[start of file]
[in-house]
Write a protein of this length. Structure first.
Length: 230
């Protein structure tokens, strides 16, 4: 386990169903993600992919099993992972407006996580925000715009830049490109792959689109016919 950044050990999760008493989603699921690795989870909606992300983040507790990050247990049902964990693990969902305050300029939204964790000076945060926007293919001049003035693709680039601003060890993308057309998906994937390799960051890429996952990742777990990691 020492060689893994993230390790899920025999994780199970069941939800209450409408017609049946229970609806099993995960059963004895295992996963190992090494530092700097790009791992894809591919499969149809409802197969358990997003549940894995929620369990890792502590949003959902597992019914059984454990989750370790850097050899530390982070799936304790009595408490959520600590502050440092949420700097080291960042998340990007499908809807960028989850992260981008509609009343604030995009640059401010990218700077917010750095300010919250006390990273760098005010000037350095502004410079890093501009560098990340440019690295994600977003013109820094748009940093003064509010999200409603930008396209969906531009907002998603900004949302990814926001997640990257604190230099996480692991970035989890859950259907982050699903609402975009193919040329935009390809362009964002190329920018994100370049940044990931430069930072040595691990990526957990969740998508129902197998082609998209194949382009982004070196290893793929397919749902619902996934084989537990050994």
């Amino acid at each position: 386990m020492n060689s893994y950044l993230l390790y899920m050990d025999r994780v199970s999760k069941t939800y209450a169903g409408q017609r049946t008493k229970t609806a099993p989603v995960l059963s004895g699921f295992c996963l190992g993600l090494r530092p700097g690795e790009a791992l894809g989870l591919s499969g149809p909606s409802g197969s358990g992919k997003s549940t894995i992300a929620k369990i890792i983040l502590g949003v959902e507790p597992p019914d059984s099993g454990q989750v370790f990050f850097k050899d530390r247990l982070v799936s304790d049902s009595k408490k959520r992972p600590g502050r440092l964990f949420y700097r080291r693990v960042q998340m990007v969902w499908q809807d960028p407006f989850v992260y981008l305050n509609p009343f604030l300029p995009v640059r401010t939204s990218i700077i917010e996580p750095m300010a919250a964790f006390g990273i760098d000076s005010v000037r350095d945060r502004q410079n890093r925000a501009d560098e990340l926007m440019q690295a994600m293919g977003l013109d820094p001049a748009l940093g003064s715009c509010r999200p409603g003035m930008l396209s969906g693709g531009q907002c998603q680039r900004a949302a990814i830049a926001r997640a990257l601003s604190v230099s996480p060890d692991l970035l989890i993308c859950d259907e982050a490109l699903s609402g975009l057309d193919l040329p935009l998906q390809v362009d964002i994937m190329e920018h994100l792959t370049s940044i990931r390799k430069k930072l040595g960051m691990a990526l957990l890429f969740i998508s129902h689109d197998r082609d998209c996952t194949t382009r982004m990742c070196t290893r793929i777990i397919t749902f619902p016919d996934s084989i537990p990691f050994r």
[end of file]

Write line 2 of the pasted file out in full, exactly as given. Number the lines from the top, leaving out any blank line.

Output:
Write a protein of this length. Structure first.